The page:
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From Health Law Daily, February 17, 2015

Holiday schedule preventing reimbursement for certain days found invalid

By Patricia K. Ruiz, J.D.

A state law implementing a uniform holiday schedule under which providers were not reimbursed for services was deemed invalid by the Eastern District of California, which granted a partial motion for summary judgment to two organizations representing individuals with developmental disabilities. The court permanently enjoined California from implementing or applying such a uniform holiday schedule and, additionally, enjoined the state from making future changes to payments without compliance with the requirements of 42 U.S.C. § 1396(a)(30(A) and approval from CMS (The Arc of California v. Douglas, February 11, 205, England, M.).

Background. The ARC of California (ARC) and the Cerebral Palsy Association of San Diego (CPA) filed suit against the California Department of Health Care Services (DHCS) and the California Department of Developmental Services (DDS) alleging that the DHCS and the DDS violated the rate setting requirements under 42 U.S.C. § 1396(a)(30(A), which requires payment for services to the disabled be consistent with “efficiency, economy, and quality of care,” in reducing certain payments to providers for to the support of individuals with developmental disabilities. In doing so, the organizations challenged four bills enacted by the California legislature—two of which made percentage reductions in provider rates, one of which enumerated 14 unpaid holidays for which vendors are not reimbursed for many services, and one of which limited regional centers to payment for only half a day if the patient was present for less than 65 percent of a program day. All of these bills operated to reduce freeze rates to home and community based service (HCBS) providers.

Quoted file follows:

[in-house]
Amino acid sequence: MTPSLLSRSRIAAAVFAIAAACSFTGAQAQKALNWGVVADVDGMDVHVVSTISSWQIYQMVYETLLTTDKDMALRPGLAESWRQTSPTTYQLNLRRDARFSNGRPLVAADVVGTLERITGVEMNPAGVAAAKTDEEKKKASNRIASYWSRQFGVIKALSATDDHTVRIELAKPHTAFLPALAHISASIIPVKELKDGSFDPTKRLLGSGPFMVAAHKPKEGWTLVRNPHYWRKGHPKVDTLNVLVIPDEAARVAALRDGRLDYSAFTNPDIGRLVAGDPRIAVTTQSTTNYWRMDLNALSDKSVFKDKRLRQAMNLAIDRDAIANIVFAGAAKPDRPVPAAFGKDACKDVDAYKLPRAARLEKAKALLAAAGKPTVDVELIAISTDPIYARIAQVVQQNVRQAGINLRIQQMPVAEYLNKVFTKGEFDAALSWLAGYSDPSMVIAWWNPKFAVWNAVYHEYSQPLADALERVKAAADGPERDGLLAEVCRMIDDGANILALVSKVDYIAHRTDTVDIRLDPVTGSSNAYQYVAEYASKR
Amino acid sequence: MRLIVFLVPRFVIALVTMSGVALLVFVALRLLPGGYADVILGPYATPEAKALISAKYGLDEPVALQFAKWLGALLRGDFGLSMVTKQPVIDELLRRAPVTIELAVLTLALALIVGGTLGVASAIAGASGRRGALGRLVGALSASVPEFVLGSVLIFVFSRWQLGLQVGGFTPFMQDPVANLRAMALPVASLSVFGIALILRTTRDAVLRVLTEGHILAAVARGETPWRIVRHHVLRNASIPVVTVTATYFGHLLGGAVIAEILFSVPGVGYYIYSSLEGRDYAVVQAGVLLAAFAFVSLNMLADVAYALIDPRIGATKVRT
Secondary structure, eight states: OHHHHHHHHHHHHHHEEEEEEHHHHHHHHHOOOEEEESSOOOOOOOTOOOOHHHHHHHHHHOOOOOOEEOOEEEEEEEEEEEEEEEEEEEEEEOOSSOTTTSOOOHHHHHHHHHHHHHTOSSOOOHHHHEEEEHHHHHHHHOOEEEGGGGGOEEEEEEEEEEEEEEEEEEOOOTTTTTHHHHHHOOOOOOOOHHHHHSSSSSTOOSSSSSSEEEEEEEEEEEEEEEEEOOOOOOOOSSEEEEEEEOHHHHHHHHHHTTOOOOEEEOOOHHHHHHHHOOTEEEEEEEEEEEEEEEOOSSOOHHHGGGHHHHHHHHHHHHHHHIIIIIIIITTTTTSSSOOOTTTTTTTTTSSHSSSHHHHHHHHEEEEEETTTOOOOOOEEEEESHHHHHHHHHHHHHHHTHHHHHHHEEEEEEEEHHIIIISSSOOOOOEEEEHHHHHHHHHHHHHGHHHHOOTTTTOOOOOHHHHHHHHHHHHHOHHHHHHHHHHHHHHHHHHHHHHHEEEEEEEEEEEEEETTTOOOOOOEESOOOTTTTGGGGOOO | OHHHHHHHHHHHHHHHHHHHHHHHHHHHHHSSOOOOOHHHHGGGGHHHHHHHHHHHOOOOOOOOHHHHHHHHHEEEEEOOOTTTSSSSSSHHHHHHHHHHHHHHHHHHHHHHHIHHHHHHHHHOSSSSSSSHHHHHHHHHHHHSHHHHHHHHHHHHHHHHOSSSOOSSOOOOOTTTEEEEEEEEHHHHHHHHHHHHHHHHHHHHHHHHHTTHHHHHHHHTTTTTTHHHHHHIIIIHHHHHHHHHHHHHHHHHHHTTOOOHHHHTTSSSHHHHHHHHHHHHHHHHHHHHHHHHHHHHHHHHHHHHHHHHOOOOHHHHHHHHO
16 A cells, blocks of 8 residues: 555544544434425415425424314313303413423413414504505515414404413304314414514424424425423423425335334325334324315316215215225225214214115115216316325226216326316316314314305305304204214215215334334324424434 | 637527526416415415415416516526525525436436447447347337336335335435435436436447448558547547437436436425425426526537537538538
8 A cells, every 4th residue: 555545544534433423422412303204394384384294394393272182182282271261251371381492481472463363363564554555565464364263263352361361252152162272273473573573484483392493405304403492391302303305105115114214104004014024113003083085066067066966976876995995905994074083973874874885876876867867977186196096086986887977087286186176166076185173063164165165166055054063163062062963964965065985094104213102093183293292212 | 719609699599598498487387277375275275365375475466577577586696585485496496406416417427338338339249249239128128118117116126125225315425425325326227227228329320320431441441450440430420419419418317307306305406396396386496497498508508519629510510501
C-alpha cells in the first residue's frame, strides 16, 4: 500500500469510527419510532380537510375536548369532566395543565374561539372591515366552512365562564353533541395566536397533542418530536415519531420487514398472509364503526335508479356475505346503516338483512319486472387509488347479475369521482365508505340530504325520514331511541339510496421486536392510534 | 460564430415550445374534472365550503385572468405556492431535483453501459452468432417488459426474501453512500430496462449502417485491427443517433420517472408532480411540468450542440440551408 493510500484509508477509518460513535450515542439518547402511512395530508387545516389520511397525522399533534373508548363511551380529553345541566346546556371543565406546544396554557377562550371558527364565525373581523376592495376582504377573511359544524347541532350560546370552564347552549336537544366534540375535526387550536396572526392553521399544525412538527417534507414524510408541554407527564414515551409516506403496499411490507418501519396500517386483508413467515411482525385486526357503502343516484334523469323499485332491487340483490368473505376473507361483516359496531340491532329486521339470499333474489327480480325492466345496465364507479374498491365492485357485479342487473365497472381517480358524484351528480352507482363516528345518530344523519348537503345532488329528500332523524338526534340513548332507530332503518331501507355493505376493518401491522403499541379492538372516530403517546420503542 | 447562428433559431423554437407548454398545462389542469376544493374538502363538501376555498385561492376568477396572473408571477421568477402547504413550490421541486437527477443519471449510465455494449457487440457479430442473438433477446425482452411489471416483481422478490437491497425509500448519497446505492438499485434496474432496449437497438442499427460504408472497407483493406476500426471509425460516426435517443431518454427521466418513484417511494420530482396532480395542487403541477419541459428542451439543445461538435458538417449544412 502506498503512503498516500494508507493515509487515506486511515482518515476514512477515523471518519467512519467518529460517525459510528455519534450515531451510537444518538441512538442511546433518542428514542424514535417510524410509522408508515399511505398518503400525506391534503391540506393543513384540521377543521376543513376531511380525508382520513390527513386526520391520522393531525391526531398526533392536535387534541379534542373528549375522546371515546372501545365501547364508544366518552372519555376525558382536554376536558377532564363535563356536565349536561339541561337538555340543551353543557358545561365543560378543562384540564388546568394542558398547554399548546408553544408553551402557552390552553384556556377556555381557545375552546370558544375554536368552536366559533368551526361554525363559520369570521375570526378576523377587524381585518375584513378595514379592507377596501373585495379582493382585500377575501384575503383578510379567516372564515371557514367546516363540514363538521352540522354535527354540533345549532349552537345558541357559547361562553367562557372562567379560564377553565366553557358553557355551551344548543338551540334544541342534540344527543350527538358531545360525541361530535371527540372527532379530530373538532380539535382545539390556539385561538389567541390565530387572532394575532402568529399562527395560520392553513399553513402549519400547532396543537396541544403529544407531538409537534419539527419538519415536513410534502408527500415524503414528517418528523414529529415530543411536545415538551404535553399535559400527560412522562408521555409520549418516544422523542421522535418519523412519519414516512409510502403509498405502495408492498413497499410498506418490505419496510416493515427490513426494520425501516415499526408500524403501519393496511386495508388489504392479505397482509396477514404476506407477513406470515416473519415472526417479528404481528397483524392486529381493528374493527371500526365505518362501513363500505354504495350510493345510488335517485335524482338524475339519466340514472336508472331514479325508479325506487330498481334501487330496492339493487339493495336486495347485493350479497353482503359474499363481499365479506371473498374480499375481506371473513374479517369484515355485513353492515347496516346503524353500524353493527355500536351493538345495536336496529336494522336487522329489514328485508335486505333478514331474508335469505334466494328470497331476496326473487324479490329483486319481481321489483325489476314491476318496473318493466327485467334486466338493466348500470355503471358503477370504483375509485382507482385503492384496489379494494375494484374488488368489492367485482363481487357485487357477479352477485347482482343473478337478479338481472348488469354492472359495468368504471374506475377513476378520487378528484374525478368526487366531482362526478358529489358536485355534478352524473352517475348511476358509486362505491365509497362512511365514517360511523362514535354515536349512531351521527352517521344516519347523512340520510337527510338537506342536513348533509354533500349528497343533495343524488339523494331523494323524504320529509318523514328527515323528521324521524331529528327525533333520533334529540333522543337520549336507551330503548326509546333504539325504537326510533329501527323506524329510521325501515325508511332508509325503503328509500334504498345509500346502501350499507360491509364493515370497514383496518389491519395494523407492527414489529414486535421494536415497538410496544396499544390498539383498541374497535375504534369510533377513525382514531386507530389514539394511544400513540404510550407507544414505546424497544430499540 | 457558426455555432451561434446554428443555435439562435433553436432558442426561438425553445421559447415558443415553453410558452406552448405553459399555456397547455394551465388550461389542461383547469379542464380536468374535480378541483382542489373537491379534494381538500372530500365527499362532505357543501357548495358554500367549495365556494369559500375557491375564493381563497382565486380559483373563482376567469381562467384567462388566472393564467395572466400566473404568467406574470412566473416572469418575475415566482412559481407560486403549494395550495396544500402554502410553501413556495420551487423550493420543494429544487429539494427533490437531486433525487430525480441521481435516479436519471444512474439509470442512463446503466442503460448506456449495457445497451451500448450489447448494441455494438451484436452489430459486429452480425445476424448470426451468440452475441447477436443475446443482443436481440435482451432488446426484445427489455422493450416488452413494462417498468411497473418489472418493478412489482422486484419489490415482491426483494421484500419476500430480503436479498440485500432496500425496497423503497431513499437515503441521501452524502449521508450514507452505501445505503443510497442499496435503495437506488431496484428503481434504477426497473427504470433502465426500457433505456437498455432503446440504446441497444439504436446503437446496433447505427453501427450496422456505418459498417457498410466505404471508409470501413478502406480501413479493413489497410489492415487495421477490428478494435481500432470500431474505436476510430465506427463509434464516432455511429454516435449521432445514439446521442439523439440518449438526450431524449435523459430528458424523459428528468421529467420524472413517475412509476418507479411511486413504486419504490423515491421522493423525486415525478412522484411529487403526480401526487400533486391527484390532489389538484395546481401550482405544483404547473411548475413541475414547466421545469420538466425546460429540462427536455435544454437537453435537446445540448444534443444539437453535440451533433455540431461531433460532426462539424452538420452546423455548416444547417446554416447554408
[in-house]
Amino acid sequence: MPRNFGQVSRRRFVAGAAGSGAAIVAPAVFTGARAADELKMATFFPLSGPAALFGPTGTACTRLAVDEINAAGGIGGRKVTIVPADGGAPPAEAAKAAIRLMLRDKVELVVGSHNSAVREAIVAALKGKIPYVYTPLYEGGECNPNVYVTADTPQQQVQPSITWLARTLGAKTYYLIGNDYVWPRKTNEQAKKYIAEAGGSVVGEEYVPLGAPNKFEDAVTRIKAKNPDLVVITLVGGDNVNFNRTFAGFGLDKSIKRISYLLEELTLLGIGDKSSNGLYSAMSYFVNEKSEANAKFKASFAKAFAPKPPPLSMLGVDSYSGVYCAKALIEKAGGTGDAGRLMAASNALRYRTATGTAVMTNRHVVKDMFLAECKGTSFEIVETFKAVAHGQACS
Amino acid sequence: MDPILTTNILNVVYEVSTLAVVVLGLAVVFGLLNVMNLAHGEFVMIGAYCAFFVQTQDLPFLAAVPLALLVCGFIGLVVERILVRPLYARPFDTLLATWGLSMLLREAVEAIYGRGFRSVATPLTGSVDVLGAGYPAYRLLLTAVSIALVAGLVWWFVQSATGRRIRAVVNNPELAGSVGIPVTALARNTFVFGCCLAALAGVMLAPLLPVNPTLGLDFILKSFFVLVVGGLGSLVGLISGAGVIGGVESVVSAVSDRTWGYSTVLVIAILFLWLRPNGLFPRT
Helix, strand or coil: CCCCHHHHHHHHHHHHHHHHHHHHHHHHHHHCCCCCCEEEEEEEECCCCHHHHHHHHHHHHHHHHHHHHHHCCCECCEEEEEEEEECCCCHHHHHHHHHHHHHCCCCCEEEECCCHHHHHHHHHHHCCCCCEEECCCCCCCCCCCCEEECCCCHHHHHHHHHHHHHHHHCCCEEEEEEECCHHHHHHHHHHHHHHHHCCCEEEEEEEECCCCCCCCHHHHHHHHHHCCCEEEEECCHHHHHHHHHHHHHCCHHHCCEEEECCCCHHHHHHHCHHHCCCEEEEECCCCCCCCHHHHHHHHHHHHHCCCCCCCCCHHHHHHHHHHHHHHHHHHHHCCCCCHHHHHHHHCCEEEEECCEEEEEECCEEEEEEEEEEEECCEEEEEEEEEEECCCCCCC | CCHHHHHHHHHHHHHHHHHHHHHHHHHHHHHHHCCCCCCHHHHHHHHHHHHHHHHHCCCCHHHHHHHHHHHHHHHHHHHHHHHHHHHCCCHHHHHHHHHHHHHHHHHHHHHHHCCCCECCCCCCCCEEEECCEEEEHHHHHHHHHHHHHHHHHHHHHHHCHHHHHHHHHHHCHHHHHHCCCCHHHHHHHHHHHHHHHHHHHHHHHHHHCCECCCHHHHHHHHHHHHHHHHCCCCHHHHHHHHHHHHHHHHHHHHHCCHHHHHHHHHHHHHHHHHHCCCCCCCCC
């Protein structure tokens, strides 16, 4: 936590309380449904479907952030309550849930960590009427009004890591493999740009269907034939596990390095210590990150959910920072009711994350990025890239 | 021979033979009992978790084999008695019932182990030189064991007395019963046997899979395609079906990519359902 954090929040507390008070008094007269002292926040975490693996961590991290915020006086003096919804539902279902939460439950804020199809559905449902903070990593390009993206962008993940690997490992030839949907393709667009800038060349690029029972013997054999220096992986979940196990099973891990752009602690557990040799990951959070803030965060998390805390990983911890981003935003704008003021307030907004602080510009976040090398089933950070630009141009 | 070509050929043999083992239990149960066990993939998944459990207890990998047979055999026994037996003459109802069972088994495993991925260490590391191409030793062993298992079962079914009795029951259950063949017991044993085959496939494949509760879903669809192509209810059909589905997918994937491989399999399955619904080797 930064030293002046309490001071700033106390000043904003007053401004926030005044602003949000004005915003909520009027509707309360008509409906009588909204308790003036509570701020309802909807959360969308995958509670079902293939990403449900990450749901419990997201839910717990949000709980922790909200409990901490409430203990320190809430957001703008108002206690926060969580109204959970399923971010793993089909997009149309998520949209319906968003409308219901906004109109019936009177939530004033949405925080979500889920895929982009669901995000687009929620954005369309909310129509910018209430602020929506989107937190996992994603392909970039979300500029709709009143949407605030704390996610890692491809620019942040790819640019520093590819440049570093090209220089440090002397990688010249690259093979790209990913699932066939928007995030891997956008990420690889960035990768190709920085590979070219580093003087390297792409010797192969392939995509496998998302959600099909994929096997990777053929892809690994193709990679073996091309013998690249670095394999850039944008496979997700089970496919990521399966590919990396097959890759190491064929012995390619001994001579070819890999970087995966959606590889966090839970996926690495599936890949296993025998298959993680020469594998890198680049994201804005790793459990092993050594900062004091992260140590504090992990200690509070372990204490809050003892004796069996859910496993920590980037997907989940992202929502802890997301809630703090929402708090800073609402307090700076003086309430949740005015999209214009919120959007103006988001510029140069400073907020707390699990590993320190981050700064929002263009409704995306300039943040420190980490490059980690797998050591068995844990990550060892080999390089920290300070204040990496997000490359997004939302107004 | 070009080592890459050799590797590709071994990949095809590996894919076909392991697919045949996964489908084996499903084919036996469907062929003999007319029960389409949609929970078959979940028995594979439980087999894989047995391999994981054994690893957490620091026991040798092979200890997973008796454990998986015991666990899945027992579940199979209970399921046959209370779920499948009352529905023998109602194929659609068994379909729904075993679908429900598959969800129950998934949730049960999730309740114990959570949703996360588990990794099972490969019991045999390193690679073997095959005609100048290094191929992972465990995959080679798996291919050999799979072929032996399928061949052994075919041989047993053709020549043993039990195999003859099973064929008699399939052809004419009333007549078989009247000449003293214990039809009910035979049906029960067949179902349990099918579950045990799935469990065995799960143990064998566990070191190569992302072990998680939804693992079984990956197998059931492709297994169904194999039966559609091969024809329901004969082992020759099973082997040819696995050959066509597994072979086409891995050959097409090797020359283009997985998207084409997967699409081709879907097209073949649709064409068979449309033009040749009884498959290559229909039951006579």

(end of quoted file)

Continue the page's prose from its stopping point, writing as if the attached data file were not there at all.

Motion to dismiss. Previously, the Ninth Circuit stated that DHCS must set hospital outpatient reimbursement rates by relying on responsible cost studies providing reliable data as a basis for rates that are consistent with an efficient and economical hospital’s costs of providing quality services. The Ninth Circuit also found that the waiver application materials submitted by HCBS did not directly disclose the uniform holiday schedule and the half-day billing rule such that “no deference to CMS’ approval of the application was warranted.” Furthermore, the lower court also found that California failed to study the likely effects on the efficiency, economy, and quality of care of the availability of service providers before implementing these billing rules. Based on these findings, the Eastern District of California held “the payment reductions at issue obviously do not comport with the Medicaid Act” such that a permanent injunction was justified as a matter of law.

The case is No. 2:11-cv-02545-MCE-CKD.

Attorneys: William Thomas McLaughlin, II (Lang, Richert & Patch) for Arc of California and United Cerebral Palsy Association of San Diego. Niromi W. Pfeiffer, California Office of the Attorney General for Toby Douglas.

Companies: ARC of California; Cerebral Palsy Association of San Diego; California Department of Health Care Services; California Department of Developmental Disabilities

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